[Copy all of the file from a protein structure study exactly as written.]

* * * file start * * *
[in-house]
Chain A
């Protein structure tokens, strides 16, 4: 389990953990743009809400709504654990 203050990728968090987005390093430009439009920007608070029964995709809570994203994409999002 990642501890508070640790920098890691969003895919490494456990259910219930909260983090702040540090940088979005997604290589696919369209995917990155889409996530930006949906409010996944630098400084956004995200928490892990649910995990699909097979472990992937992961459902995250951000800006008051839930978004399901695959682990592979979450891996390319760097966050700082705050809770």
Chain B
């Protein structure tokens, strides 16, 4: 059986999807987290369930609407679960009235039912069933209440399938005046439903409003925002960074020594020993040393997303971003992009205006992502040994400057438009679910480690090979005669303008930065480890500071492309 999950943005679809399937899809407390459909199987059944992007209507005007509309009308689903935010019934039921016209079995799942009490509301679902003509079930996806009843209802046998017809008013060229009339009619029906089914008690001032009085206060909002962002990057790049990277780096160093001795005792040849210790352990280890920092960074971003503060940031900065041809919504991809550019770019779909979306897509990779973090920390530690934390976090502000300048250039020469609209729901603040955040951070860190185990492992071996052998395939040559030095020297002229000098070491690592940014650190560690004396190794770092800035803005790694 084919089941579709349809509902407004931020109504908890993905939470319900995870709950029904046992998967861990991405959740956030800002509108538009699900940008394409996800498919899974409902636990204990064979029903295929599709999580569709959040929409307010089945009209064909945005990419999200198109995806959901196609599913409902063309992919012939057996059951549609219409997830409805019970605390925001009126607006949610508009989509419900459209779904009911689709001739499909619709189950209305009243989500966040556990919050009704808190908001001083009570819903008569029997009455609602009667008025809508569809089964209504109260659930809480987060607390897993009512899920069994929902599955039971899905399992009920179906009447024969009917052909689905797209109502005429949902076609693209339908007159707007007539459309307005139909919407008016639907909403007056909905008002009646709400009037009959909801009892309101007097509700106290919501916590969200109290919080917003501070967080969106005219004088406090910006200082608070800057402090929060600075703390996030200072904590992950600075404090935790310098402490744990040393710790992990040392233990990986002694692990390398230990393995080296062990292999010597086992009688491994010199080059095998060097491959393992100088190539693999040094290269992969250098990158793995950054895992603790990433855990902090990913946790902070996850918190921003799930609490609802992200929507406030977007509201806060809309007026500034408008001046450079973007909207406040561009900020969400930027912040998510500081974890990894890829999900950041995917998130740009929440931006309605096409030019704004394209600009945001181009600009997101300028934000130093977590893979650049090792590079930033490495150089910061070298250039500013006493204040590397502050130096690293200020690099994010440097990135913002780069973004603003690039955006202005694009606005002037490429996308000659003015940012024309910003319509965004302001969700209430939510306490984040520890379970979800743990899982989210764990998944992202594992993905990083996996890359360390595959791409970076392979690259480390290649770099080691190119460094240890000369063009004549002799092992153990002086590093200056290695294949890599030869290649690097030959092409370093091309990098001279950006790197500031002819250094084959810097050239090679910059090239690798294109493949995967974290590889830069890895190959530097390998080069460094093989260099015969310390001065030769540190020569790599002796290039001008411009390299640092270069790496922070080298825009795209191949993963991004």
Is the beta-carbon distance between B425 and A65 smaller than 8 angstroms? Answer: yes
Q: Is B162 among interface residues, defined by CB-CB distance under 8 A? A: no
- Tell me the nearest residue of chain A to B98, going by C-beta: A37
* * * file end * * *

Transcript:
[in-house]
Chain A
């Protein structure tokens, strides 16, 4: 389990953990743009809400709504654990 203050990728968090987005390093430009439009920007608070029964995709809570994203994409999002 990642501890508070640790920098890691969003895919490494456990259910219930909260983090702040540090940088979005997604290589696919369209995917990155889409996530930006949906409010996944630098400084956004995200928490892990649910995990699909097979472990992937992961459902995250951000800006008051839930978004399901695959682990592979979450891996390319760097966050700082705050809770």
Chain B
């Protein structure tokens, strides 16, 4: 059986999807987290369930609407679960009235039912069933209440399938005046439903409003925002960074020594020993040393997303971003992009205006992502040994400057438009679910480690090979005669303008930065480890500071492309 999950943005679809399937899809407390459909199987059944992007209507005007509309009308689903935010019934039921016209079995799942009490509301679902003509079930996806009843209802046998017809008013060229009339009619029906089914008690001032009085206060909002962002990057790049990277780096160093001795005792040849210790352990280890920092960074971003503060940031900065041809919504991809550019770019779909979306897509990779973090920390530690934390976090502000300048250039020469609209729901603040955040951070860190185990492992071996052998395939040559030095020297002229000098070491690592940014650190560690004396190794770092800035803005790694 084919089941579709349809509902407004931020109504908890993905939470319900995870709950029904046992998967861990991405959740956030800002509108538009699900940008394409996800498919899974409902636990204990064979029903295929599709999580569709959040929409307010089945009209064909945005990419999200198109995806959901196609599913409902063309992919012939057996059951549609219409997830409805019970605390925001009126607006949610508009989509419900459209779904009911689709001739499909619709189950209305009243989500966040556990919050009704808190908001001083009570819903008569029997009455609602009667008025809508569809089964209504109260659930809480987060607390897993009512899920069994929902599955039971899905399992009920179906009447024969009917052909689905797209109502005429949902076609693209339908007159707007007539459309307005139909919407008016639907909403007056909905008002009646709400009037009959909801009892309101007097509700106290919501916590969200109290919080917003501070967080969106005219004088406090910006200082608070800057402090929060600075703390996030200072904590992950600075404090935790310098402490744990040393710790992990040392233990990986002694692990390398230990393995080296062990292999010597086992009688491994010199080059095998060097491959393992100088190539693999040094290269992969250098990158793995950054895992603790990433855990902090990913946790902070996850918190921003799930609490609802992200929507406030977007509201806060809309007026500034408008001046450079973007909207406040561009900020969400930027912040998510500081974890990894890829999900950041995917998130740009929440931006309605096409030019704004394209600009945001181009600009997101300028934000130093977590893979650049090792590079930033490495150089910061070298250039500013006493204040590397502050130096690293200020690099994010440097990135913002780069973004603003690039955006202005694009606005002037490429996308000659003015940012024309910003319509965004302001969700209430939510306490984040520890379970979800743990899982989210764990998944992202594992993905990083996996890359360390595959791409970076392979690259480390290649770099080691190119460094240890000369063009004549002799092992153990002086590093200056290695294949890599030869290649690097030959092409370093091309990098001279950006790197500031002819250094084959810097050239090679910059090239690798294109493949995967974290590889830069890895190959530097390998080069460094093989260099015969310390001065030769540190020569790599002796290039001008411009390299640092270069790496922070080298825009795209191949993963991004």
Is the beta-carbon distance between B425 and A65 smaller than 8 angstroms? Answer: yes
Q: Is B162 among interface residues, defined by CB-CB distance under 8 A? A: no
- Tell me the nearest residue of chain A to B98, going by C-beta: A37